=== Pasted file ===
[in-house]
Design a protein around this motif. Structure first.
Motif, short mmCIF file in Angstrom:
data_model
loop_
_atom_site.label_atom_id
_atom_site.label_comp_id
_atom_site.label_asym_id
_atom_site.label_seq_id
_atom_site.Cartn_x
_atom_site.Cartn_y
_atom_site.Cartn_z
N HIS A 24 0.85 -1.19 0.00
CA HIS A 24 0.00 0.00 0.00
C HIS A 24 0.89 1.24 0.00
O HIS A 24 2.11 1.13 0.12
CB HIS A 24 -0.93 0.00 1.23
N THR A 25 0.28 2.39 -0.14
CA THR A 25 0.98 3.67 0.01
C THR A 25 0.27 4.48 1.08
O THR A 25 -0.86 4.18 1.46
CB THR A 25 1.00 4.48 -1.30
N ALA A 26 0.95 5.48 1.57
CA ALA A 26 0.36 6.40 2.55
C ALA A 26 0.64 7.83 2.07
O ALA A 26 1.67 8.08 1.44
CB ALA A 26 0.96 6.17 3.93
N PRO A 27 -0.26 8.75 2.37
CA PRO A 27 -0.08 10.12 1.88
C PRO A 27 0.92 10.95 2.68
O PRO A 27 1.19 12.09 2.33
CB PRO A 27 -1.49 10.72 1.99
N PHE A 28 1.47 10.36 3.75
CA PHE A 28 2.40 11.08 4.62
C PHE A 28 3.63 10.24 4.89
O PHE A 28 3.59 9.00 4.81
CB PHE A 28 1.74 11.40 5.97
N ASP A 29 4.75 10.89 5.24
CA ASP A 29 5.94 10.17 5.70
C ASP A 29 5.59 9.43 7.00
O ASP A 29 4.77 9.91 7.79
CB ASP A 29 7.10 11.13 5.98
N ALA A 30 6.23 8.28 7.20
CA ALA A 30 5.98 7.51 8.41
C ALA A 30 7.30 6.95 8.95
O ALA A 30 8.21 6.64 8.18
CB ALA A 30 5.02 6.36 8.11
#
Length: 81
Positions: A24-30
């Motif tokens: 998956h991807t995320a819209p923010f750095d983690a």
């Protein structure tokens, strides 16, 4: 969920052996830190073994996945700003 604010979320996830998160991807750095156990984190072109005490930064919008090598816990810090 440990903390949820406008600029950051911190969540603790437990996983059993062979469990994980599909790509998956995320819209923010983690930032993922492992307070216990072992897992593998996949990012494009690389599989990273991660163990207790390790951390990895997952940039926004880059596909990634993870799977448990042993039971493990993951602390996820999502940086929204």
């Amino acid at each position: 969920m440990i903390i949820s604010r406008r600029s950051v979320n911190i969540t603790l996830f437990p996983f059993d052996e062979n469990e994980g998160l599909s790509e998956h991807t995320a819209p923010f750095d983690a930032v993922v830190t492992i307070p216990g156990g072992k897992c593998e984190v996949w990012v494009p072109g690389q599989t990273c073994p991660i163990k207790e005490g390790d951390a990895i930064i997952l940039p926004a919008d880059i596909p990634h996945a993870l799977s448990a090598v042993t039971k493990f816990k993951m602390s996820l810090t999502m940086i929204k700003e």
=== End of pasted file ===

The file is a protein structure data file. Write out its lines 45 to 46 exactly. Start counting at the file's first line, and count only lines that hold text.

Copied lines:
C ALA A 30 7.30 6.95 8.95
O ALA A 30 8.21 6.64 8.18